Rookie watch: Derwin James. You might think the Chargers have two first-round picks wearing No. 33, given how James, drafted 17th overall from Florida State, pops up any and everywhere on the field. An example from back-to-back plays in Chargers territory during the second quarter of the big win at Pittsburgh: On a second down, James, who leads L.A. with 81 tackles, swept across the formation to dump James Conner in the flat for no gain, blowing up a swing-screen pass. The next play, he covered a deep seam and picked off Ben Roethlisberger’s wounded pass for Vance McDonald. Scoring threat squashed. Officially, he’s a safety, lining up at either free or strong. Or at linebacker. Or nickel back. And as his 3½ sacks indicates, he has a knack on blitzes. James’ presence on the back end of an emerging secondary is one reason why the Chargers (9-3), hosting Cincinnati on Sunday, will be one of the most complete teams in the playoffs.

CLOSELos Angeles Rams Defensive Tackle Having NFL MVP Season

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Stomach for an upset: Eagles at Cowboys. After Dallas (7-5) turned its season around and ignited its current four-game winning streak with a thumping at The Linc, the Eagles (6-6) have a shot to return the favor at JerryWorld and revive hopes to repeat as NFC East champs. A Dallas win opens a two-game lead (2 ½, including a tiebreaker) with three to play. The Cowboys are better than in Week 10, when Ezekiel Elliott rushed for 151 yards. Dak Prescott’s passing game has progressed around Amari Cooper. And the defense is no fluke. For Philly to have a chance, it could use another impact game from Zach Ertz, who blistered Dallas for 14 catches, 145 yards and two TDs in Week 10 and with 93 receptions, is in range of becoming just the fourth tight end in NFL history to post a 100-catch campaign. But it may be even more critical for Philadelphia’s D-line to dominate — just like old times. Speaking of Memory Lane, with Dallas favored by 3½ points, the Eagles are back in the position they embraced last season as an underdog. Maybe, just maybe, Lane Johnson and Chris Long can break out the dog masks.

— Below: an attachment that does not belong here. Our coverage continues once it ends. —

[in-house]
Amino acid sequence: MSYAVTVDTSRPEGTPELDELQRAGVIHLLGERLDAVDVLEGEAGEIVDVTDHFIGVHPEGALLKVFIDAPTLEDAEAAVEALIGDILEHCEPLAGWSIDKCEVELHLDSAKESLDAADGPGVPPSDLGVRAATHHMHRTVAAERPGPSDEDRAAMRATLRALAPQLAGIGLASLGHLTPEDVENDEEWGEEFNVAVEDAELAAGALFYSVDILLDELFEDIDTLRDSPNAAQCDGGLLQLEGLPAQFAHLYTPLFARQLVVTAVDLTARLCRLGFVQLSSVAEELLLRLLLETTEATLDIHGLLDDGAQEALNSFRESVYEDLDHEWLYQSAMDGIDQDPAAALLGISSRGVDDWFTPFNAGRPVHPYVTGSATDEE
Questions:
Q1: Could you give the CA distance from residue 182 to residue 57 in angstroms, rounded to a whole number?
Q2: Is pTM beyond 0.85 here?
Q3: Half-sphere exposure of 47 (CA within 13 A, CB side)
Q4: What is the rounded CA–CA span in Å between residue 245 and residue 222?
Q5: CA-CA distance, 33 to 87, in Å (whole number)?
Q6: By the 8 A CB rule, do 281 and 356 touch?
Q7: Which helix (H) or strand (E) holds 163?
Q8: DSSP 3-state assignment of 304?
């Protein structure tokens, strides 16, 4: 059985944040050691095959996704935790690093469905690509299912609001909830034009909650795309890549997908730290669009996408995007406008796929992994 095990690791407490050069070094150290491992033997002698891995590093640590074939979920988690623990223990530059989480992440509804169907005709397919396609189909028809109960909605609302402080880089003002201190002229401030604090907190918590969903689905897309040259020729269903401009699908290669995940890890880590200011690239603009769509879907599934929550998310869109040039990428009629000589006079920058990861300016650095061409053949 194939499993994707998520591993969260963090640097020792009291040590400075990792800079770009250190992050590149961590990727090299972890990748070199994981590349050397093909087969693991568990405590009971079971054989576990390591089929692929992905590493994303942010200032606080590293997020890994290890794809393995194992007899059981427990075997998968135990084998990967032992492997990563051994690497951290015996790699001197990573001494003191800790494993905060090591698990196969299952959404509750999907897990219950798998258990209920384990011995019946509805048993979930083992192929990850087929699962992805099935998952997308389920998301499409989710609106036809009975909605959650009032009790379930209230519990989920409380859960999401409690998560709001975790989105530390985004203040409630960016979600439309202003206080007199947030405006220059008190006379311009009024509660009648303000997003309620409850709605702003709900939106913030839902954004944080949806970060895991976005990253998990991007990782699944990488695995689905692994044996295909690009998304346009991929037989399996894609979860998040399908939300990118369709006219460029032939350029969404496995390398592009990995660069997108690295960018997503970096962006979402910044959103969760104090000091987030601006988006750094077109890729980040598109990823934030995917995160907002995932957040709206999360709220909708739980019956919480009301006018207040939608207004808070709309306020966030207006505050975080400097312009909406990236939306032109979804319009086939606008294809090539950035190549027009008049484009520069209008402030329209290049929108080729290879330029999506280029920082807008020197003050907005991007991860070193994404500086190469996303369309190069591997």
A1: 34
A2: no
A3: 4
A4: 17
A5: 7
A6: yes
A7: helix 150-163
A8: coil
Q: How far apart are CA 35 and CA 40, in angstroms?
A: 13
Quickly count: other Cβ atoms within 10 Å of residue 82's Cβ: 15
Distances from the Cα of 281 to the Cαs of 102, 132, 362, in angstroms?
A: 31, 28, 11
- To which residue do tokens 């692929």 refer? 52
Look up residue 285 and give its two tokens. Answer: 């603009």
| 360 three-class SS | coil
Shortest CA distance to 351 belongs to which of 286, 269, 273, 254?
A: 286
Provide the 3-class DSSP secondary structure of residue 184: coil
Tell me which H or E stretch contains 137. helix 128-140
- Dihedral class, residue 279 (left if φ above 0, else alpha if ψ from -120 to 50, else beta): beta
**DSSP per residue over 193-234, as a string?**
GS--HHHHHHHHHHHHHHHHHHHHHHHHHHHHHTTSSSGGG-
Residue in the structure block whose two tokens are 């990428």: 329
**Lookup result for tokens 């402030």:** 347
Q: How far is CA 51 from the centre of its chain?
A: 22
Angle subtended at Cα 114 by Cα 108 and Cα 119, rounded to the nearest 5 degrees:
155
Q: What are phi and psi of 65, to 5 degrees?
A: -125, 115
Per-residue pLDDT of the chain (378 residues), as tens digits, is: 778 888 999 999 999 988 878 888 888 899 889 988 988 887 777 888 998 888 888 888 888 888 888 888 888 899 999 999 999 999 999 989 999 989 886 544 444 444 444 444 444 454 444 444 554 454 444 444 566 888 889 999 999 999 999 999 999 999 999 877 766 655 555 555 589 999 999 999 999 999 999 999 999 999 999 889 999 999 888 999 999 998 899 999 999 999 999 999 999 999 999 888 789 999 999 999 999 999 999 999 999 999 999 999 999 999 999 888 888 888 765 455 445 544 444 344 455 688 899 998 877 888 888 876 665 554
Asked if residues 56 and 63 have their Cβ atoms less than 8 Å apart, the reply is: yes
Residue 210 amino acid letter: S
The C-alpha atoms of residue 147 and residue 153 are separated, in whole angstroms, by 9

If the playoffs were today … The Bay Area teams would hold the top two picks in the NFL draft. The 49ers and Raiders both head into the final quarter of the season with 2-10 records, creating quite the anti-race for the stretch run. Usually, the No. 1 pick means No. 1 quarterback. It’s a given that the 49ers, hitched to a big-money deal with rehabbing Jimmy Garoppolo, won’t be looking for a quarterback. The Raiders? You never know with Jon Gruden, despite Derek Carr’s long-term deal. That Oakland has three first-round picks provides options that include drafting a QB later in the round, maybe Ohio State’s Heisman finalist Dwayne Haskins or Oregon’s Justin Herbert. And if John Lynch and Kyle Shanahan wind up with No. 1 overall, that can be parlayed into more picks obtained from some QB-needy suitor. That said, the draft is purportedly top-heavy for defensive linemen, perhaps to be headlined by Buckeyes defensive end Nick Bosa.

Did you notice? Ben Roethlisberger has averaged an NFL-high 43.1 pass attempts per game, which easily puts him on pace for a career high. At this rate, Roethlisberger would throw 690 passes (or a game shy of breaking Matthew Stafford’s NFL-record 727 passes in 2012). With 909-yard rusher James Conner out (ankle injury), chances are buff that on Sunday in Oakland, Big Ben will put up his ninth game this season with at least 40 passes — one reason why the Steelers uncharacteristically rank 27th in the NFL in rushing attempts. Despite a 28.8-point scoring mark (4th in the NFL), the imbalance is not a good omen for Pittsburgh’s chances to win big in January.

Stat’s the fact: As the face of the Cardinals’ franchise for so many years, it’s fitting that with just one catch against Detroit, Larry Fitzgerald will set an NFL record for most receptions with one team. The 15th-year vet currently shares the mark (1,281) with former 49ers icon Jerry Rice.

Follow columnist Jarrett Bell on Twitter @JarrettBell.